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Tall people have an evolutionary advantage? Maybe, maybe not

REUTERS/Mario Anzuoni
Actors Will Ferrell, left, and Kevin Hart pose at the premiere of their movie "Get Hard" in March.

A couple of studies involving height have made headlines in recent days. 

Last week, in the New England Journal of Medicine (NEJM), researchers reported that they had found an association between men’s height and the risk of heart disease. Specifically, the study, which involved data collected from more than 200,000 people, found that for every 2.5 inches less in height, the relative risk of heart disease increased by 13.5 percent.

The other study, published online in the Proceedings of the Royal Society B, reported that tall men in the Netherlands have, on average, more children than their shorter peers.

But do these studies prove that taller men are healthier and/or more virile?

The answer, of course, is no. Both studies come with all sorts of caveats. The NEJM study, for example, was observational, which means it can show only correlation, not causation. Other factors, not identified in the study, could explain the heart-disease risk differences between taller and shorter men.

And even if being shorter does increase the chance of developing heart disease (the study’s authors speculate that height genes may play a role in keeping blood vessels unclogged and healthy), it pales in comparison to other known risk factors, such as smoking, being overweight and not exercising. 

As one of the study’s co-authors, Dr. Nilesh Samani of the University of Leicester, pointed out to a BBC reporter, smoking raises the risk of heart disease “by 200 to 300 percent.”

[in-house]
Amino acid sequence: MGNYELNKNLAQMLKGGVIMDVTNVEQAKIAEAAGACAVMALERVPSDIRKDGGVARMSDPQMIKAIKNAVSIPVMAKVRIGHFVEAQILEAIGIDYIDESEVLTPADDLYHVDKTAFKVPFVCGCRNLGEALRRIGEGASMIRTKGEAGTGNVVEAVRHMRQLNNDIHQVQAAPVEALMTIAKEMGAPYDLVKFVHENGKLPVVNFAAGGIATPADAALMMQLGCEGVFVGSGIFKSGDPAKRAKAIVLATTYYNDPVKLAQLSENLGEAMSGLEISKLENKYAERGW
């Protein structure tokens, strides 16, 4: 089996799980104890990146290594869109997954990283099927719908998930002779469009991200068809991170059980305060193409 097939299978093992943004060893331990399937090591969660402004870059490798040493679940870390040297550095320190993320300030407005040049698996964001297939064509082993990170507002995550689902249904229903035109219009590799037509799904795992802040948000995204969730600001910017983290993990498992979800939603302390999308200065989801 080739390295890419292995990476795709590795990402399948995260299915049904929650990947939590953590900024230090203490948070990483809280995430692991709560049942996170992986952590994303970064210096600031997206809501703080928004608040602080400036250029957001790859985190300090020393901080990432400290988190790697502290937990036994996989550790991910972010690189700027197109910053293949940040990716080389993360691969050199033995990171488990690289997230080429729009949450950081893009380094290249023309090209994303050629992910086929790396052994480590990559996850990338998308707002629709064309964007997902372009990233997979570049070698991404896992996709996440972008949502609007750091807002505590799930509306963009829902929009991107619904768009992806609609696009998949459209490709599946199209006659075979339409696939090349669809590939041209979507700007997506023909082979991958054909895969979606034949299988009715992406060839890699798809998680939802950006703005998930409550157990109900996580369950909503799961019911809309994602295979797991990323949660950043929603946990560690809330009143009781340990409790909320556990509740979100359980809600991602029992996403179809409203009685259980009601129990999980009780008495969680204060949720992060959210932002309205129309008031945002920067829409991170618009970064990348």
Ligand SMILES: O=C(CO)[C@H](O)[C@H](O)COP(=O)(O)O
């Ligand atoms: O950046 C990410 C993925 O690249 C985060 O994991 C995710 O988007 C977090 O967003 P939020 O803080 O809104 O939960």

As for the Dutch study, its findings may not be relevant elsewhere. In the United States, for example, men of average height (which is currently about 5 feet 9 inches) tend to have more children than shorter or taller men.

Contrary findings

Writing online this week for the Atlantic magazine, Dr. James Hamblin (a senior editor for that publication) helps put these studies in perspective. Other observational research, he notes, has shown that “while being tall can suggest evolutionary advantage in some places, it doesn’t in others.”

In fact, the longevity advantage may be with shorter people, as Hamblin explains

Compared with the taller northern Europeans, the shorter southern Europeans have lower rates of cardiac death. Swedish and Norwegian people are more than twice as likely as Spanish and Portuguese people (who are, on average, five inches shorter) to die from heart disease. In 2013 researchers at Albert Einstein College of Medicine published a study of 144,701 women that “confirm[ed] the positive association of height with risk of all cancers.” Another large study found increased risk of several cancers in tall men and women, and that taller people have higher rates of mortality from cancers. Palmer calls the fact that tall people die younger “an immutable physical reality.”

Over the decades, Americans have fallen further and further down the global rankings in life expectancy, now holding down a solid 36th place. The tall Dutch have perennially outlived Americans, but since 1970 no one has supplanted a very short country in the top spot: Japan.

The people of Japan’s Okinawan islands live the longest lives in the world. They have about seven times the rate of centenarians as do other industrialized countries, and the lowest rates of cancer and heart disease in the world — and they are even shorter than the mainland Japanese. The average Okinawan man is four-feet, nine-inches tall. 

“Last week’s heart-disease study is far from another reason to want to be taller,”  Hamblin concludes.

And “when a tall person blocks your view of a concert, allow them their privileged vantage with a laugh,” he adds. “Death will come for them.”

You’ll find Hamblin’s article on the Atlantic’s website.

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